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BSV wrote: Do not despair,
BSV wrote:

Do not despair, Molrae07. While nobody can predict the future with any great confidence, it seems a reasonable bet that doctoral level psychologists will be in demand. I have a little insight into this topic since my daughter is a licensed clinical psychologist who is employed in a forensics role by the federal government. One key point, it seems to me, is whether you have saddled yourself with a lot of student loan debt. If not, I think you can probably relax a bit and not worry excessively about the future. Society is not likely to collapse, though cracks in the facade are emerging. The unemployment figures for the highly educated are not all that worrisome so far. At the same time, it is wise to prepare and on this site you will find many useful suggestions along those lines. It is important not to become overwhelmed at the outset. Just take it a step at a time and remember the old saying that Rome was not built in a day.

You might consider looking into seeking employment with the Veteran's Administration or with the Army. For many years to come, military vets will need psychological counseling. That's just one among many possibilities. These days clinical psychologists have taken over much if not most of the counseling role that psychiatrists once handled. Psychiatrists generally prescribe the medications while psychologists do the counseling.

Dropping out now is probably not a good idea. What can you do with a batchelor's degree in psychology? It is about as useful, career-wise, as a degree in English or Anthropology. I'm not knocking those fields at all, but the grim reality is that demand for those graduates is rather modest these days. It takes a doctorate in psychology plus passing the fairly rigorous licensing exam to be qualified for the good jobs in the field.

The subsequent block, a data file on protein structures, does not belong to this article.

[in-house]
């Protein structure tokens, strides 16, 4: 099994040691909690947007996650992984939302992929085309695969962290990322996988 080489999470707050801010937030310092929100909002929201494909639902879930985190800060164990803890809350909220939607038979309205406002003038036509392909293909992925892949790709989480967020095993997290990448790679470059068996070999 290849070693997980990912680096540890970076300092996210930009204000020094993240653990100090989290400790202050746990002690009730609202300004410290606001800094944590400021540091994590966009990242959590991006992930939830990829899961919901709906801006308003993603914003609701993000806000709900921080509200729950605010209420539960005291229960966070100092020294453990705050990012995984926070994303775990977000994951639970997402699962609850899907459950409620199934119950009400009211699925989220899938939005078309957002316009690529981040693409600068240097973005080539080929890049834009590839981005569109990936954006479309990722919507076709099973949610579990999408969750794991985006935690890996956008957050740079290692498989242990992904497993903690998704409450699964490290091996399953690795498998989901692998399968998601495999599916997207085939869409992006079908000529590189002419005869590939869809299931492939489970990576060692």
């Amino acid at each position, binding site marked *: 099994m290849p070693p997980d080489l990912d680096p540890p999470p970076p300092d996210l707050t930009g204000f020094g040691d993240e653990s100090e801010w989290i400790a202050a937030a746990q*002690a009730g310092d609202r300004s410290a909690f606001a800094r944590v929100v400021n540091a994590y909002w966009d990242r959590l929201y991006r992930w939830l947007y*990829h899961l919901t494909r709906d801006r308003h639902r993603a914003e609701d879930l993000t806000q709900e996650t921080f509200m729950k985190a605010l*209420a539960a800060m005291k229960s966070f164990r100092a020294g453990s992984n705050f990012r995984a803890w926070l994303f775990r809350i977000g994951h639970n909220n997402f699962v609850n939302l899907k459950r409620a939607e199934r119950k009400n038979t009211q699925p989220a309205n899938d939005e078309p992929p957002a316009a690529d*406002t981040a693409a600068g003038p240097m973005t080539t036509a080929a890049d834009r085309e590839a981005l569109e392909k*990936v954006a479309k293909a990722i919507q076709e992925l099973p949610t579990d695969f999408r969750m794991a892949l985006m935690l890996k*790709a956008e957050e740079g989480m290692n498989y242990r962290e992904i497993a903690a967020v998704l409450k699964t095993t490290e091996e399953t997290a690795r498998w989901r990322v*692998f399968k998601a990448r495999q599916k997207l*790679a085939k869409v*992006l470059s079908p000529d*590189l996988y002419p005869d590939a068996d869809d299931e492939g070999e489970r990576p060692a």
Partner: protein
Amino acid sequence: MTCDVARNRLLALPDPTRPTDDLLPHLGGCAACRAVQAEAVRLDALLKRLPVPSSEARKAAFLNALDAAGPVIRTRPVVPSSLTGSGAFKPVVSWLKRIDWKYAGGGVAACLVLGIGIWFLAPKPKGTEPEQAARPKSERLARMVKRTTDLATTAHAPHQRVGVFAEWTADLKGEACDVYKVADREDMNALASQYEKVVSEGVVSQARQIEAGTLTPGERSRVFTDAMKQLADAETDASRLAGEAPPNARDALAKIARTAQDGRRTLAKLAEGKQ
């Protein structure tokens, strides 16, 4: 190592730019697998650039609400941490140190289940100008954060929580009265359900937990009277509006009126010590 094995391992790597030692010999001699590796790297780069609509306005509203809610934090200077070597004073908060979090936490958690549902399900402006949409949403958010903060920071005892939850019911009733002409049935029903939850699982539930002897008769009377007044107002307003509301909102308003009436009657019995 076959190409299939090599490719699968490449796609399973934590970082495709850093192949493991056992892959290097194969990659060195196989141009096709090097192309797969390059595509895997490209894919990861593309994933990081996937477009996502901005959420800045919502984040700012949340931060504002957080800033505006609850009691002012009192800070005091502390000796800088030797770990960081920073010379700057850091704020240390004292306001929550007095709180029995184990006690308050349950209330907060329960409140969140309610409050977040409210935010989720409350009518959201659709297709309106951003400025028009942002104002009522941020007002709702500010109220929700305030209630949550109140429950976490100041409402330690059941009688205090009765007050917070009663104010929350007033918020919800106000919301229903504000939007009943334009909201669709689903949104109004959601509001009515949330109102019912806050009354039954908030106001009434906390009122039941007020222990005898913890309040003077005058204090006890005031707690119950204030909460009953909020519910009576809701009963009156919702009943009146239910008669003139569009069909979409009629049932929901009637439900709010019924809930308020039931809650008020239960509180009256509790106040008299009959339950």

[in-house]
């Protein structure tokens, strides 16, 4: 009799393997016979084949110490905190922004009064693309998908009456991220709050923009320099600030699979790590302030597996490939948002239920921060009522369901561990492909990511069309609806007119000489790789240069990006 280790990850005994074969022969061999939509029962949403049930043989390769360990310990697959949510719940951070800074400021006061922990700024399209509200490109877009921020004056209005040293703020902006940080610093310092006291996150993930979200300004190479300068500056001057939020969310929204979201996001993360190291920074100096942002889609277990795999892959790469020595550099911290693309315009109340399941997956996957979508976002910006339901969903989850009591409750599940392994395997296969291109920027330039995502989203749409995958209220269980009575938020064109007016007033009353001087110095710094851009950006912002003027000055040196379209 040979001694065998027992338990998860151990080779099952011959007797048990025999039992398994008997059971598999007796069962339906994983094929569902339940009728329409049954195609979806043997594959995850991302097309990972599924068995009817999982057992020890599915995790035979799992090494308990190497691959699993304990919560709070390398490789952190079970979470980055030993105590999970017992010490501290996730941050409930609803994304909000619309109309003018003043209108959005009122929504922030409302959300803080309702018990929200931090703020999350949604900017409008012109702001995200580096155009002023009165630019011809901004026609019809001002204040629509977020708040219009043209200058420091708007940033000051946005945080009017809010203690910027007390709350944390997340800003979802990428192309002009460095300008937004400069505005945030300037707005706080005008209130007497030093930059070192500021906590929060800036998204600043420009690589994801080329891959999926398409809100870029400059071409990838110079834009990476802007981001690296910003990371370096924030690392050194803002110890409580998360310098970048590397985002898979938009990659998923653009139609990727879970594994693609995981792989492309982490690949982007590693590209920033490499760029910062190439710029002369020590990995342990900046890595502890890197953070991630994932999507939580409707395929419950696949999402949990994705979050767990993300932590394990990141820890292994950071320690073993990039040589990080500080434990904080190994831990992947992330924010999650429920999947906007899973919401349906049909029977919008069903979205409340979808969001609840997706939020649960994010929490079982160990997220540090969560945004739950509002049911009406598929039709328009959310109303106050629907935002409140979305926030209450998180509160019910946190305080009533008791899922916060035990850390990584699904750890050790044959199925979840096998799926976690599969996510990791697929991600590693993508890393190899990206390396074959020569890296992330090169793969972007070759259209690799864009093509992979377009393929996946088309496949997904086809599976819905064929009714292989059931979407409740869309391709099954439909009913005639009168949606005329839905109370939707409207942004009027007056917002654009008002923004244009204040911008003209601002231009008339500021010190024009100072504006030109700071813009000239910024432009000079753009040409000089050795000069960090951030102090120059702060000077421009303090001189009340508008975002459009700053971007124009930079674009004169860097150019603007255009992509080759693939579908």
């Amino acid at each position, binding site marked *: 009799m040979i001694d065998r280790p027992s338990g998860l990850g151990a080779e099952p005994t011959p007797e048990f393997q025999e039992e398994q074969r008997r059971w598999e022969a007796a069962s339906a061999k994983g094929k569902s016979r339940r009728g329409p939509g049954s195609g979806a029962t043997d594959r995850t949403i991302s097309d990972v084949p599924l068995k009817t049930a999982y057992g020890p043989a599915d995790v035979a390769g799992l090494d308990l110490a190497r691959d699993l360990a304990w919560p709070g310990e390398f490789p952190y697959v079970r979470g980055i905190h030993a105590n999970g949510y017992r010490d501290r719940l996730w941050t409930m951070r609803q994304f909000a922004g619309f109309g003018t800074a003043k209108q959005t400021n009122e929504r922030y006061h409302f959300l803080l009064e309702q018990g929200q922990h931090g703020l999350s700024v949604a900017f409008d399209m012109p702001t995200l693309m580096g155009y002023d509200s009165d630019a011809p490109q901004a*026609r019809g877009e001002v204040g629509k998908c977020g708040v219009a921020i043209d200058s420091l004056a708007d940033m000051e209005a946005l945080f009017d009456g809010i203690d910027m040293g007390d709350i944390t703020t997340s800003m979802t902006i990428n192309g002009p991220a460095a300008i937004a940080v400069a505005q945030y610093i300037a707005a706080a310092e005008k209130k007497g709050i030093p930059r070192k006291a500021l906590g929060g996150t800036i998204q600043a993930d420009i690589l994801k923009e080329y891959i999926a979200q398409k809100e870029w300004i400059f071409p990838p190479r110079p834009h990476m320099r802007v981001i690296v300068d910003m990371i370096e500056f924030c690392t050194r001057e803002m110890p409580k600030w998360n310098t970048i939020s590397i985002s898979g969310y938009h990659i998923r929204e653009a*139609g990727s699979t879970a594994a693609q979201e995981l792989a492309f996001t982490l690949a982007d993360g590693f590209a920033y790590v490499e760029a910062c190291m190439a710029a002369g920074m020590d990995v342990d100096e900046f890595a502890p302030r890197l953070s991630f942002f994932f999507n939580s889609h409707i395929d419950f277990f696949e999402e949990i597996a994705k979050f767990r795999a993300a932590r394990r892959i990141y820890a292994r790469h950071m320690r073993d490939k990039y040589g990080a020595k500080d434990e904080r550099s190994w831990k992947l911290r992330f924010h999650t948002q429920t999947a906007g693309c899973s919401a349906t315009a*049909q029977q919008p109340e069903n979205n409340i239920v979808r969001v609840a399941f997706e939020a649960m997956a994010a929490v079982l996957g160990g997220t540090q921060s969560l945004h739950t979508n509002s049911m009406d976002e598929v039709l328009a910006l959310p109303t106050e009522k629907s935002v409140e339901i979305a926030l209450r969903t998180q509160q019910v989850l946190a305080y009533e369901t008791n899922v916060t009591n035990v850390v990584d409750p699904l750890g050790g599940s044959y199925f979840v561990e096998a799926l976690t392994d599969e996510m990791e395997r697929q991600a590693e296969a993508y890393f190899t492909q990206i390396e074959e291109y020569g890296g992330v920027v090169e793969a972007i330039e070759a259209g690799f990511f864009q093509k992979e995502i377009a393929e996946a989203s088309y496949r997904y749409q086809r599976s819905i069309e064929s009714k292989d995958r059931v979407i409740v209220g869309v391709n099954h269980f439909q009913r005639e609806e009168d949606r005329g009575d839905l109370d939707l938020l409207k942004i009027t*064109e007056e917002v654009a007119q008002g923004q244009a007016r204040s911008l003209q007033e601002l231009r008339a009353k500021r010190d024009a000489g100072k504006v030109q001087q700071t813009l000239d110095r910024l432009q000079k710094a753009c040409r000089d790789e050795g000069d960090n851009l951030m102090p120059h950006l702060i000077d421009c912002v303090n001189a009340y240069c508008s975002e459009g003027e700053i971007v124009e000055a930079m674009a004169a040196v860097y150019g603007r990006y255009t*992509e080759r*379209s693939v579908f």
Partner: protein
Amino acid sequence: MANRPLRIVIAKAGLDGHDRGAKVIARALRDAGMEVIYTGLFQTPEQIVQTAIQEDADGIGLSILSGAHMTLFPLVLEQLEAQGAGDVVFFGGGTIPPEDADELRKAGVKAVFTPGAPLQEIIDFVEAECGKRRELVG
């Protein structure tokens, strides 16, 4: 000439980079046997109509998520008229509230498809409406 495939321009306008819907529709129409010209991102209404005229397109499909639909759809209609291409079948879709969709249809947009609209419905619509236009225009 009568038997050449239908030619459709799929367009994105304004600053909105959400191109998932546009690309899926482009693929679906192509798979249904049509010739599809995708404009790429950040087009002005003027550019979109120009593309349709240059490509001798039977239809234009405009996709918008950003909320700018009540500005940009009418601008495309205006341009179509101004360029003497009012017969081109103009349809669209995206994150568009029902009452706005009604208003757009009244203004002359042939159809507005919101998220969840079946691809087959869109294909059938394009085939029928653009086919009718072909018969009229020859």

So I encourage you to stay the course and finish your doctorate. Keep your sense of humor while you are at it. We live in a screwed up world and people need help dealing with it. That's your chosen field.

Welcome, by the way. This is a relatively civilized place in the sense that constructive comments are welcomed and flaming is strongly discouraged. I'm one who rarely ever posts, partly from lack of time and also because I tend to scan the site daily, focus on what interests me and then move on. Your post caught my interest. Hang in there and keep your sense of humor. I think you'll be okay and I wish you well.

Excellent advice.  I wanted to answer this post yesterday but didn't have the time and then got sidetracked.  This answer is very much akin what I would have written.  Finish up the PhD, don't worry about society immediately collapsing (because that probability is very small), and seek employment in the military/military related fields since there will be a need there and you can be of great help.

Oh yeah ... also develop some side skills as a plumber.  It never hurts to hedge your bets.;-)

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Wendy S. Delmater
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welcome molrae07

There is more good news: you're young, and a younger person's wages tend to keep up better with inlation. Meanwhile the inflation will whittle away at the real value of your college debt.

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Bananacarrot
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Thank you for the replies